A multidisciplinary rounding tool was developed to standardize rounds—and keep track of the "hawks" and "doves"—using an EHR system. And, wireless communication devices were used for "real-time communications" between hospitalists and other stakeholders.
Based on the reduction in hospital mortality observed in this pilot and in the prior New York studies, Ravikumar estimates that an 18% to 25% reduction in hospital mortality could occur through these changes in the system. If this figure were stretched out nationally, this system redesign could have the potential to save up to 95,000 lives a year if adopted, he adds.
While small, incremental costs are involved in additional staffing, this is overshadowed by financial savings in length of stay reduction, optimization of resource utilization, and averting complications, Ravikumar says.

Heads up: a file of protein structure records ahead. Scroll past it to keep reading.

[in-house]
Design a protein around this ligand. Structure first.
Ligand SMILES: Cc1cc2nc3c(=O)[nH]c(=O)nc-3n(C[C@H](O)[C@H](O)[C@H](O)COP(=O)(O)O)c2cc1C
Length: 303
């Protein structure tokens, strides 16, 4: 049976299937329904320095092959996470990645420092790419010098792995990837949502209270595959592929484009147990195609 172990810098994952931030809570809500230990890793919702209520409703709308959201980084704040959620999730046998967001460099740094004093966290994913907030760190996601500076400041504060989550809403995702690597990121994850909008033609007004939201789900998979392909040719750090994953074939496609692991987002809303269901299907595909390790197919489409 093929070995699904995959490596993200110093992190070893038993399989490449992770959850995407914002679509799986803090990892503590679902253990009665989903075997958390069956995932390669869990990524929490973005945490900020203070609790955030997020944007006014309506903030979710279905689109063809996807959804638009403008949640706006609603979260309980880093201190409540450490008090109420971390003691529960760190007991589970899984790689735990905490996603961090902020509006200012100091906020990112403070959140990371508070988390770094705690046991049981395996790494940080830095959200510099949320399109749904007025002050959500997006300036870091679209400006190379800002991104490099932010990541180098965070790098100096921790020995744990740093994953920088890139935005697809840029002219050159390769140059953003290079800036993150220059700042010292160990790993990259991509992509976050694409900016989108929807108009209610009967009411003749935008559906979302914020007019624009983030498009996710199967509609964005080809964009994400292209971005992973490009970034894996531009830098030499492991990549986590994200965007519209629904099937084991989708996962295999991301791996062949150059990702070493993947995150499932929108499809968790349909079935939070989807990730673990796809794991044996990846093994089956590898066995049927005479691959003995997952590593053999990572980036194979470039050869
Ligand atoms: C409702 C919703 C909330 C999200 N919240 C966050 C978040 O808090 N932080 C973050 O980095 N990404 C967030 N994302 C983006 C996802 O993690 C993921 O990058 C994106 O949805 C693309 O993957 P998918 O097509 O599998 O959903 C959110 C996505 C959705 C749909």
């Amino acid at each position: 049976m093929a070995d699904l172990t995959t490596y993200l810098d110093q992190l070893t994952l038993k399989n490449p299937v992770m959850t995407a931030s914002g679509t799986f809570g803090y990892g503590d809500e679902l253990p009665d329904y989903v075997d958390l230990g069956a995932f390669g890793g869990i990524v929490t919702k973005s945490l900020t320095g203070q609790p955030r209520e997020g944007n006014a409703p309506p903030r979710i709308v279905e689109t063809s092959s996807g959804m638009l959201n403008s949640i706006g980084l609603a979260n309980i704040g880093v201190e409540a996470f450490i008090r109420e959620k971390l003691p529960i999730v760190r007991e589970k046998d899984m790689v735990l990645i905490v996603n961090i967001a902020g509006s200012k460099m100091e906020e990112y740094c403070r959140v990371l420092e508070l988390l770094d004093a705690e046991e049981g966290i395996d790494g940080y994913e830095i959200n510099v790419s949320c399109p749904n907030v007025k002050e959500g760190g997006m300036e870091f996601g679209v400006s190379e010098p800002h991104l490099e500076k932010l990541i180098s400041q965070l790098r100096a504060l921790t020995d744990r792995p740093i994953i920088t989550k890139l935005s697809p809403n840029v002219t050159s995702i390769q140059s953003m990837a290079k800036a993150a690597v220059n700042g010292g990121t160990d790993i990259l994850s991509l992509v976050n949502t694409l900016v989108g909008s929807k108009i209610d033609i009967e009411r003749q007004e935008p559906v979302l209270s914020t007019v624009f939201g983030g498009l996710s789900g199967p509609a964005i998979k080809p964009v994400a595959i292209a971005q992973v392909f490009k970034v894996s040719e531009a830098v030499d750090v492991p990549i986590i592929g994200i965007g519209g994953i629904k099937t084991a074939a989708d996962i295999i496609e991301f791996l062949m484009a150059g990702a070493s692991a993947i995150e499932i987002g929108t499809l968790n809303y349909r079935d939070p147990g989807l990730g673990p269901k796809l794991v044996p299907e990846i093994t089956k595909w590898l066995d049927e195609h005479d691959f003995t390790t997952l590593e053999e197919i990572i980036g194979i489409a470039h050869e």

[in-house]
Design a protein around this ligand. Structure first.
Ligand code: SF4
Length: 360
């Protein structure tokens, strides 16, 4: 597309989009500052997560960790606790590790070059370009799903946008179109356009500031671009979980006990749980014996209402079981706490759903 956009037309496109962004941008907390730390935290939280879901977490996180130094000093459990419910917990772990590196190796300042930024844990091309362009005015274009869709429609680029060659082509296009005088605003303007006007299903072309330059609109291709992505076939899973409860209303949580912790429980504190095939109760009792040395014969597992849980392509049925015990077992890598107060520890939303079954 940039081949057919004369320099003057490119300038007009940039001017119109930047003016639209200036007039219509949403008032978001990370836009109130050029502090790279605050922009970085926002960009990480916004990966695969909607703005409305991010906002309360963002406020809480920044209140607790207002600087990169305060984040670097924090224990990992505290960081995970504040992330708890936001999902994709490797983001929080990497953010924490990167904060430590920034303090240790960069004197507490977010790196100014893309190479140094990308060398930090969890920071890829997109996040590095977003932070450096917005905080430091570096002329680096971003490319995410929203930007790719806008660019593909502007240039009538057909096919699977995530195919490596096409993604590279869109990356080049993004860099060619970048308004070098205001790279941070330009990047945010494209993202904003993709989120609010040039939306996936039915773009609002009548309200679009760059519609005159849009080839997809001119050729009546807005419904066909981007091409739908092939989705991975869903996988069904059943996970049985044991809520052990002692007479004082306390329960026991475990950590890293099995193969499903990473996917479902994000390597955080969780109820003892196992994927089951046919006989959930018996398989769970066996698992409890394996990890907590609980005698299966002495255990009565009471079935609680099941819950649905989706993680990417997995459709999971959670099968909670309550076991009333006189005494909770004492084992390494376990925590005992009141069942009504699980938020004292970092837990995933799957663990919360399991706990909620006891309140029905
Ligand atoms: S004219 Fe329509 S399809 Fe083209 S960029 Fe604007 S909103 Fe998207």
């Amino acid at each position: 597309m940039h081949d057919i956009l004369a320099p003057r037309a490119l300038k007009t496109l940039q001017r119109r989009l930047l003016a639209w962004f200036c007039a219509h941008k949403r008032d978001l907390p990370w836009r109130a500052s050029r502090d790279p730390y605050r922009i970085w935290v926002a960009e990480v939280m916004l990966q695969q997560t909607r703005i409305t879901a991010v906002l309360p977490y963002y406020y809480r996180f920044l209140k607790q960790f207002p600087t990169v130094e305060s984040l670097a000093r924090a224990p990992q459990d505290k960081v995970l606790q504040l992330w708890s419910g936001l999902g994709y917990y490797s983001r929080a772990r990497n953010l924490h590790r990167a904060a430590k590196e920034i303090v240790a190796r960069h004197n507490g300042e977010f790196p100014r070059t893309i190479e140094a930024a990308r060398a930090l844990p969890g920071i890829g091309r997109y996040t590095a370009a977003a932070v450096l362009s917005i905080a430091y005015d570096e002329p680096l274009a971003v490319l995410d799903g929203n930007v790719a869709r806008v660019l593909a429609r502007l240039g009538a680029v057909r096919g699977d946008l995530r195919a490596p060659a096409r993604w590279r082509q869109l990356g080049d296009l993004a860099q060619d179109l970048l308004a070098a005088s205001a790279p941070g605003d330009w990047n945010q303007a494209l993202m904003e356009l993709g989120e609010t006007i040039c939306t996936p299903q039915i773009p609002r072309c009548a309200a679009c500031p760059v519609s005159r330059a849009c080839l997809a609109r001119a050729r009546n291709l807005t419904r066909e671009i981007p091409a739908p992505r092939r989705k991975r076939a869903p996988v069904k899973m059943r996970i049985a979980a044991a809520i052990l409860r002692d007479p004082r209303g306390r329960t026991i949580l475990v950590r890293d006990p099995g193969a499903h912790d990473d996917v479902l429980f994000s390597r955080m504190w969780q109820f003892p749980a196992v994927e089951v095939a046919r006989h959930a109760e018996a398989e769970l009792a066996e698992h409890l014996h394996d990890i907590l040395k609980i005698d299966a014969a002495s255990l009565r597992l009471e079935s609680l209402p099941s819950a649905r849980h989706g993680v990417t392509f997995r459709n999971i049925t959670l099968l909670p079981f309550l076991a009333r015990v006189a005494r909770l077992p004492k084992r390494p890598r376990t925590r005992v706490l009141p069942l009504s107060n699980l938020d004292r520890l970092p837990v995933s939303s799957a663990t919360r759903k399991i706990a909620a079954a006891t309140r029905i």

"The strength of this project is not just giving [hospitals] a cookie cutter approach, It's giving them principles," he said. "Each hospital has to use its own principles to adapt to its own micro-environment to do better every year."
This means that each hospital needs to look at its own mortality data to see where additional efforts are needed to protect patients, he says. For instance, one hospital may be good at managing morbidly obese patients while another may not: that latter hospital would need to find better ways to address the healthcare needs of those patients to keep mortality rates down.
"The basic principal is that...hospitals need to function in a safer zone than they do. Everyone wants to do it. Everyone wants to prove that. That's system redesign," said Ravikumar.